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Research Explores Science of Subduction Zone Quakes

September 11, 2015

Scientists know a little more about how big earthquakes happen, from research published Thursday in the journal Science

The study from the U.S. Geological Survey looked at a number of subduction zones, but not the Cascadia Subduction Zone off the Northwest coast. The research doesn't change predictions that there is a one-in-three chance of a big quake in the Northwest in the next 50 years.  

The research focuses on the physical mechanics of what happens when that kind of fault has an earthquake.  The study's author, Jeanne Hardebeck, said subduction zones build up pressure in a way that's different from what was previously thought.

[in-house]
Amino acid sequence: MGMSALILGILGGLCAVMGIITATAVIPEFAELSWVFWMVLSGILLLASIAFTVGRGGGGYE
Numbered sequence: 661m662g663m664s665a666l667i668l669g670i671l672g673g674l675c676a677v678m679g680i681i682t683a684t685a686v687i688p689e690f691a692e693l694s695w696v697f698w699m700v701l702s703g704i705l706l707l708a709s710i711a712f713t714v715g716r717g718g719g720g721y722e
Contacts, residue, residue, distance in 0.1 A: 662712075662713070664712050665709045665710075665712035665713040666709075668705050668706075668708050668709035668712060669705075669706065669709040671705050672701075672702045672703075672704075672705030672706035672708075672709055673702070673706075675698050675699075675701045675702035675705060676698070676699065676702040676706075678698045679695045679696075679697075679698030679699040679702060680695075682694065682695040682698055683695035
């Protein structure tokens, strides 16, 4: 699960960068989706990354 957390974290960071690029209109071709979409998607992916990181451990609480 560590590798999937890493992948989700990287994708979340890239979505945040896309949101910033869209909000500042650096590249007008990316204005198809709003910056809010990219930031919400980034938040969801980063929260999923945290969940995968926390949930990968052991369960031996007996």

Hardebeck said she found that subduction zones have relatively weak frictional strength, which may help explain why their earthquakes last so long.  

“It may even be easier for a weak fault to produce a large earthquake, because once an earthquake starts, there aren't as many strongly stuck patches of the fault that could stop the rupture,” Hardebeck said.

Hardebeck said the findings have more relevance to scientists than to the general public, but she is hoping the research can help build a reliable model for seismologists to predict future earthquakes.


Featured Image Caption: An aerial view of the damage to the island of Honshu, Japan following a magnitude 9.0 earthquake in March 2011. 

Featured Image Credit: U.S. Navy